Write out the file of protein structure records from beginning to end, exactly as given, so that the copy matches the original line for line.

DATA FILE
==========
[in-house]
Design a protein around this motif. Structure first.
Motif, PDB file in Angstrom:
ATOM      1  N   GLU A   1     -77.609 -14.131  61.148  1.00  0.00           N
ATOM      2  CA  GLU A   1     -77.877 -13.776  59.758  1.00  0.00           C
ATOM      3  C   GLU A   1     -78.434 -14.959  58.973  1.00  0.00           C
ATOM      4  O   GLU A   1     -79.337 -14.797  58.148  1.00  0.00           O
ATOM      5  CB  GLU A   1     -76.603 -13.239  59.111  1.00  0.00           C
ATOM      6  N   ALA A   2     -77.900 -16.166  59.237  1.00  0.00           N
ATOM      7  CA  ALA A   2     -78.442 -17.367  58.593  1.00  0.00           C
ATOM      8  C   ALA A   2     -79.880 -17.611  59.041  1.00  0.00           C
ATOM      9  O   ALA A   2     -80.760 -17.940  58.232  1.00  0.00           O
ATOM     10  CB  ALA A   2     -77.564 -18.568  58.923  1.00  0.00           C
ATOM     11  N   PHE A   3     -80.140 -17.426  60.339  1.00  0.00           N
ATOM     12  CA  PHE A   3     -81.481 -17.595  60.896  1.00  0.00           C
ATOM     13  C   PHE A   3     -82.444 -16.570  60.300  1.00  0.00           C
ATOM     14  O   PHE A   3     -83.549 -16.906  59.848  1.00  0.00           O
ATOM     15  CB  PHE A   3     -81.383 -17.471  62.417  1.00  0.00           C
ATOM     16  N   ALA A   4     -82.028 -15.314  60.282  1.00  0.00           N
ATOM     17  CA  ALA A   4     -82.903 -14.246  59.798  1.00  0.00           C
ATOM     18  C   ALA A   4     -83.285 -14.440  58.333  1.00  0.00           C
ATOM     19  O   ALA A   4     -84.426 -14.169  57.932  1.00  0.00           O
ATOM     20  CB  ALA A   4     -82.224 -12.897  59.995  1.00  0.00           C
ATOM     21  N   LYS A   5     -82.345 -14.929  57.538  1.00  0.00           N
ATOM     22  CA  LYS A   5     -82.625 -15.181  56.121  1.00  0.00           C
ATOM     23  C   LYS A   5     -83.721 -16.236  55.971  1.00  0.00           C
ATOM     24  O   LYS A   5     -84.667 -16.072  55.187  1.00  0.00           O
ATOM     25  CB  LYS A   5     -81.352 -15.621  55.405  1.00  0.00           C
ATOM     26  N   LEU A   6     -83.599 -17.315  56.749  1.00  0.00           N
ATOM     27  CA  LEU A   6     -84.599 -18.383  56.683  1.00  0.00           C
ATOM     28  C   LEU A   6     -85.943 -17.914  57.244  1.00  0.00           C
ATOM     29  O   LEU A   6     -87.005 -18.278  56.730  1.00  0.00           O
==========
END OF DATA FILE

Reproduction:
[in-house]
Design a protein around this motif. Structure first.
Motif, PDB file in Angstrom:
ATOM      1  N   GLU A   1     -77.609 -14.131  61.148  1.00  0.00           N
ATOM      2  CA  GLU A   1     -77.877 -13.776  59.758  1.00  0.00           C
ATOM      3  C   GLU A   1     -78.434 -14.959  58.973  1.00  0.00           C
ATOM      4  O   GLU A   1     -79.337 -14.797  58.148  1.00  0.00           O
ATOM      5  CB  GLU A   1     -76.603 -13.239  59.111  1.00  0.00           C
ATOM      6  N   ALA A   2     -77.900 -16.166  59.237  1.00  0.00           N
ATOM      7  CA  ALA A   2     -78.442 -17.367  58.593  1.00  0.00           C
ATOM      8  C   ALA A   2     -79.880 -17.611  59.041  1.00  0.00           C
ATOM      9  O   ALA A   2     -80.760 -17.940  58.232  1.00  0.00           O
ATOM     10  CB  ALA A   2     -77.564 -18.568  58.923  1.00  0.00           C
ATOM     11  N   PHE A   3     -80.140 -17.426  60.339  1.00  0.00           N
ATOM     12  CA  PHE A   3     -81.481 -17.595  60.896  1.00  0.00           C
ATOM     13  C   PHE A   3     -82.444 -16.570  60.300  1.00  0.00           C
ATOM     14  O   PHE A   3     -83.549 -16.906  59.848  1.00  0.00           O
ATOM     15  CB  PHE A   3     -81.383 -17.471  62.417  1.00  0.00           C
ATOM     16  N   ALA A   4     -82.028 -15.314  60.282  1.00  0.00           N
ATOM     17  CA  ALA A   4     -82.903 -14.246  59.798  1.00  0.00           C
ATOM     18  C   ALA A   4     -83.285 -14.440  58.333  1.00  0.00           C
ATOM     19  O   ALA A   4     -84.426 -14.169  57.932  1.00  0.00           O
ATOM     20  CB  ALA A   4     -82.224 -12.897  59.995  1.00  0.00           C
ATOM     21  N   LYS A   5     -82.345 -14.929  57.538  1.00  0.00           N
ATOM     22  CA  LYS A   5     -82.625 -15.181  56.121  1.00  0.00           C
ATOM     23  C   LYS A   5     -83.721 -16.236  55.971  1.00  0.00           C
ATOM     24  O   LYS A   5     -84.667 -16.072  55.187  1.00  0.00           O
ATOM     25  CB  LYS A   5     -81.352 -15.621  55.405  1.00  0.00           C
ATOM     26  N   LEU A   6     -83.599 -17.315  56.749  1.00  0.00           N
ATOM     27  CA  LEU A   6     -84.599 -18.383  56.683  1.00  0.00           C
ATOM     28  C   LEU A   6     -85.943 -17.914  57.244  1.00  0.00           C
ATOM     29  O   LEU A   6     -87.005 -18.278  56.730  1.00  0.00           O